I am currently Professor of Peace Studies and the Director of the National Peace and Conflict Studies Centre at the University of Otago, New Zealand. Prior to this, I was Professor of International Politics at Aberystwyth University in Wales, UK. I study and teach on issues of pacifism and nonviolence, terrorism, political violence, conflict resolution and war. I have published several books on these topics, including: The Routledge Handbook of Critical Terrorism Studies (Routledge, 2016); Terrorism: A Critical Introduction (Palgrave-Macmillan, 2011; co-authored with Lee Jarvis, Jeroen Gunning and Marie Breen Smyth); Contemporary State Terrorism: Theory and Cases (Abingdon: Routledge, 2010; edited by Richard Jackson, Eamon Murphy and Scott Poynting); Critical Terrorism Studies: A New Research Agenda (Abingdon: Routledge, 2009; edited by Richard Jackson, Marie Breen Smyth and Jeroen Gunning); Conflict Resolution in the Twenty-first Century: Principles, Methods and Approaches (Ann Arbor MI: Michigan University Press, 2009; co-authored with Jacob Bercovitch); and Writing the War on Terrorism: Language, Politics and Counterterrorism (Manchester: Manchester University Press, 2005). I am also the editor-in-chief of the academic journal, Critical Studies on Terrorism. In 2014, I published a research-based novel entitled, Confessions of a Terrorist (Zed Books, 2014) which explores the mind and motivation of a terrorist.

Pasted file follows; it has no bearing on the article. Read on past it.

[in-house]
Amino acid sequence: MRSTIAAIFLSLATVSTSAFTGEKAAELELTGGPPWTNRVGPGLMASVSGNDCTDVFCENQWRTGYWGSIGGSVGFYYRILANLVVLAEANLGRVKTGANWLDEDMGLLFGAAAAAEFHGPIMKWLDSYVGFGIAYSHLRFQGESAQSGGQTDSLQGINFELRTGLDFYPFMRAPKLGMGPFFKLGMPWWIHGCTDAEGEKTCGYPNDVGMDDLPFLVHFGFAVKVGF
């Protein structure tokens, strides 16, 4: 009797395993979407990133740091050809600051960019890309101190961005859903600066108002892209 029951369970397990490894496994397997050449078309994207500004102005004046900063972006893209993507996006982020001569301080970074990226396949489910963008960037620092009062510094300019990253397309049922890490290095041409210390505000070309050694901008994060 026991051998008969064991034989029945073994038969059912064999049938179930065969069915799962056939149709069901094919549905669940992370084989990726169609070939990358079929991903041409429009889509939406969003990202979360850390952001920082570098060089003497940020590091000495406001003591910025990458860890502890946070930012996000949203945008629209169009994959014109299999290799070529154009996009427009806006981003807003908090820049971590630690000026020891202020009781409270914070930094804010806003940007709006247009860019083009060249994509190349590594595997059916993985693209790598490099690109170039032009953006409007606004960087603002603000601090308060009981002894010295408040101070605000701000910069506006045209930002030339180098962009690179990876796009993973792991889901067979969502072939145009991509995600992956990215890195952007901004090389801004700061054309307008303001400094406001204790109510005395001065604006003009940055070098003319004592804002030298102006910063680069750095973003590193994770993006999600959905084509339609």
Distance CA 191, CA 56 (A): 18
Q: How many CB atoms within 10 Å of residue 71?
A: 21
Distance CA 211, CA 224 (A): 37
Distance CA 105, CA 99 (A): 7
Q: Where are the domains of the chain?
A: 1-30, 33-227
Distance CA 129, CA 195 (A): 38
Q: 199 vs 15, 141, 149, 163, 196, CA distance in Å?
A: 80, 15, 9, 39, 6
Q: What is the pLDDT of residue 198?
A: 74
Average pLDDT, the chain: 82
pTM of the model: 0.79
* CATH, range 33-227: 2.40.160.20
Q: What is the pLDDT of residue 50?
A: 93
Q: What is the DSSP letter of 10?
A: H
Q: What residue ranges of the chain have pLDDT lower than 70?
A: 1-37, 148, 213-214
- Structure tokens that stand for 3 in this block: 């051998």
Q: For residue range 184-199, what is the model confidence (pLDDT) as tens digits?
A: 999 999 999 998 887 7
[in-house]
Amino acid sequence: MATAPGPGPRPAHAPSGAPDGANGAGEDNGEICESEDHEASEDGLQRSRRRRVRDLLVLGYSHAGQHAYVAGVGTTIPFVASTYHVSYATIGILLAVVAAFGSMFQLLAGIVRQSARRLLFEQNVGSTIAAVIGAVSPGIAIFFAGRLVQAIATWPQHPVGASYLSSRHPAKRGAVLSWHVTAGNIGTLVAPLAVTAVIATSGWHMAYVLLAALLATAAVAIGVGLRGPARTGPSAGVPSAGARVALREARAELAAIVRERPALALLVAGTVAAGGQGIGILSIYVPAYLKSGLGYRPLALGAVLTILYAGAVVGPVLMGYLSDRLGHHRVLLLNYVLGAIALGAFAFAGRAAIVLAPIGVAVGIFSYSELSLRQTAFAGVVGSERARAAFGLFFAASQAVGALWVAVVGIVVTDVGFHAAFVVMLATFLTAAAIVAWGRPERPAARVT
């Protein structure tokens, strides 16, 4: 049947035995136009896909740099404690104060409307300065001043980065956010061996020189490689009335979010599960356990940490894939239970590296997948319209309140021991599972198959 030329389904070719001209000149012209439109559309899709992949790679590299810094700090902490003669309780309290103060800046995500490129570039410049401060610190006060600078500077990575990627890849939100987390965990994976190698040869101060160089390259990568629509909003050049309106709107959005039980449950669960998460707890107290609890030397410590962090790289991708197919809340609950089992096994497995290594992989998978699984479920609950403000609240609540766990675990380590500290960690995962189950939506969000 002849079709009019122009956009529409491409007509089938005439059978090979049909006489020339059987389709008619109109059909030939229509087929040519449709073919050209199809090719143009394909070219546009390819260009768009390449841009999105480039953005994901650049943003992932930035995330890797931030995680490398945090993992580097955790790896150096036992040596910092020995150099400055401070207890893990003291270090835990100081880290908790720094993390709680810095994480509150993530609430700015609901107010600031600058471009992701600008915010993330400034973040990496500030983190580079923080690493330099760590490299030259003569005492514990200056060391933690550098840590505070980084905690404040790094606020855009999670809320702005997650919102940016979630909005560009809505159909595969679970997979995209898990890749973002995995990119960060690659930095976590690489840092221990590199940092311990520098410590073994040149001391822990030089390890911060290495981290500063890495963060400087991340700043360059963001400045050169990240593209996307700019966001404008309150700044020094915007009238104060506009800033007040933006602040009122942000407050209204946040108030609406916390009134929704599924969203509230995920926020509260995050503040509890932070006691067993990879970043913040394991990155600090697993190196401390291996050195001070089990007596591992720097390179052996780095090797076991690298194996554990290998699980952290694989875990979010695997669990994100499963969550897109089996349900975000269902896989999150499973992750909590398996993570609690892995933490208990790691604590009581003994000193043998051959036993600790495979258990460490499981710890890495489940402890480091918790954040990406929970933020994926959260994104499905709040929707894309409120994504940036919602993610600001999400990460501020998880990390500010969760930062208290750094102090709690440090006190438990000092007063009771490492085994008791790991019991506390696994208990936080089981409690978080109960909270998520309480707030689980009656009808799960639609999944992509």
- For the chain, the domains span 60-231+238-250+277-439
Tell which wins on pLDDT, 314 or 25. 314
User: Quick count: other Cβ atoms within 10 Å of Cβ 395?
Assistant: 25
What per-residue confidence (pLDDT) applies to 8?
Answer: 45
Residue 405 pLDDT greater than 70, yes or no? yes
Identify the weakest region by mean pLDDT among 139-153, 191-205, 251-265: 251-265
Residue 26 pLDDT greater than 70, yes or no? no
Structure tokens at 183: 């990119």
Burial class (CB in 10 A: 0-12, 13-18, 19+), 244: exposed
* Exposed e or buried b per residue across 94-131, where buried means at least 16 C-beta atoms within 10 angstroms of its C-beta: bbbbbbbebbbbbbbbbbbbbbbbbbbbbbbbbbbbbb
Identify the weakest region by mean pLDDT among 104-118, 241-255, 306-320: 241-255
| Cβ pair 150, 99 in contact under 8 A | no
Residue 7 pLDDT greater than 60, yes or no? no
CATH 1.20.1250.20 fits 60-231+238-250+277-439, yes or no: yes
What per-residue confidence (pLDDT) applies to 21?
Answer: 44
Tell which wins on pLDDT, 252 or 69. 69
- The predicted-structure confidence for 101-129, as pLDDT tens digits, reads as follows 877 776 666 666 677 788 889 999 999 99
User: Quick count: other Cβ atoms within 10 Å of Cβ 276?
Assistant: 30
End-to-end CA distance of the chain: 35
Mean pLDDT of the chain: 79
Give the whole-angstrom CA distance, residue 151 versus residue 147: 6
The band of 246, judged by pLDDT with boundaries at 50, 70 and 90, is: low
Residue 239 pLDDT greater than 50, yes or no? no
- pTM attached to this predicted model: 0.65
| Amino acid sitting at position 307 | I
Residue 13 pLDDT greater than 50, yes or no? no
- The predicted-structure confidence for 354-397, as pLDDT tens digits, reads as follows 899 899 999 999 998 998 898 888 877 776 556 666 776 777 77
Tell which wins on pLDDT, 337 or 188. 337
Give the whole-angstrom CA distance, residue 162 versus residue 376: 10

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5 Responses to IS and the barbarism of war

  1. moha567 says:

    Great piece. Your perspectives on the international community’s silence on the increasing atrocities of Boko Haram in Nigeria and the ECOWAS sub-region is extremely enlightening.

  2. moha567 says:

    Very enlightening piece. Particularly thrilled by your insights on the international community’s response on the rising atrocities of Boko Haram in Nigeria and the ECOWAS sub-region.

  3. uolscid says: